All seem to bring an endles stream of fun and frivolity. Alas this is what I have been aware off since joing Extraare back in 2005 and then becoming a retirement village resident since 2007 July. From a personal note it has ben an invaluable experience, and I have with my wife dipped and dived into those themed events which took my interest. Under the current climate of austerity Extracare and their supporting sponsers still manage to organise and run some of these events, and actively support annual events or ‘Extracare Traditions’.
    More than anything else what I am greatful for is the time and manpower with support that was spent by the original Extracare Teams both in the Retirement villages, and shemes, to invest in what made golden oldies tick, and bring enlightenment to their own personal passage of time as a golden oldie in their own twilight years. The depth of understanding in little things such as volunteering (Gym, reception, cafe , restruant), gardening,crafts, singing and pastimes such as card playing, dancing and those odd moments in the well being Gym, and making a typical year as a resident of a scheme or retirement village enjoyable.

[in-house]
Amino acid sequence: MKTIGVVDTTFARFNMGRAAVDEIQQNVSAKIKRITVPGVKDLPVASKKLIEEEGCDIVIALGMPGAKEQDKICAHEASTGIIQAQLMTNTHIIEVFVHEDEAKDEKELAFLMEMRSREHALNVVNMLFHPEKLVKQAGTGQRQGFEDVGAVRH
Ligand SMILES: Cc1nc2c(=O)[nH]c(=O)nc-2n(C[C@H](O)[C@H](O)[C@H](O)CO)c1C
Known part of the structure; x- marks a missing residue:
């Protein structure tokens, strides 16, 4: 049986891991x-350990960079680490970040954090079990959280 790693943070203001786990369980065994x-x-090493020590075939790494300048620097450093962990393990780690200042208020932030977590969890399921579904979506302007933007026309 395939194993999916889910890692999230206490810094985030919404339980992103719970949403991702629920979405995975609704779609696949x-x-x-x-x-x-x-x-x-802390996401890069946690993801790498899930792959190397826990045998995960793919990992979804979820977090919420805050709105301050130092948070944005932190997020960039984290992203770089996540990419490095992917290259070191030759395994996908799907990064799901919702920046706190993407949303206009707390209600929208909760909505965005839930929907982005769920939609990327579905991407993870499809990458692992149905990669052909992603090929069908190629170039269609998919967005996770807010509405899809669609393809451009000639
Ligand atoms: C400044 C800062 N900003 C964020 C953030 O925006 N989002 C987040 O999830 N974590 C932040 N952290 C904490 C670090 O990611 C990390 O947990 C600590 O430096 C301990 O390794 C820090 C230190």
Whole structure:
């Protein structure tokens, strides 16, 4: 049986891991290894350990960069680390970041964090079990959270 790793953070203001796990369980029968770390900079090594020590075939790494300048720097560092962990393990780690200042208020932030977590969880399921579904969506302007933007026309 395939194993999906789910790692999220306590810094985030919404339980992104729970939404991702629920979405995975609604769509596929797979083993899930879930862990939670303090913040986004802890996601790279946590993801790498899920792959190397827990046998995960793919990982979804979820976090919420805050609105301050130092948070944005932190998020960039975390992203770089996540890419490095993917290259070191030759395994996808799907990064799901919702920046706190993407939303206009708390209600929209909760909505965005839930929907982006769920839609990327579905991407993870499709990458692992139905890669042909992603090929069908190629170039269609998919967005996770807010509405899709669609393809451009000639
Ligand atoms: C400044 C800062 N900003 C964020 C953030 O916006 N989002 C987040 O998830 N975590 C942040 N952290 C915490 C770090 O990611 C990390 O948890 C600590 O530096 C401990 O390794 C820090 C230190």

The investment both in time and monies has been well spent, and should one visit maybe a modern Extracare Village or scheme, after the investment has been made in the corporate bricks and mortar, and the maintenenace costs in staff, the choice of staff and their training in a new venture, and then one may look at an older establishment and then look carefully, and the ethos and philosophy of the Extracare Way of living for the elderly, has been passed onto and down to each resident and village/scheme communities where every day and management action and residents action is challenged, and the best points taken and considered for action to the benifit of both the individual scheme/village or Extracare as a whole.
    I look forward to John’s revelations of the early days, as I hope the modern day governors and trustees are as broad thinking and as encouraging as John and his committee were in days gone past,, and keep the ethos of Extracare Charitable Trust is still upheld, in these dark days of austerity, which may be with us for the immediate and near future.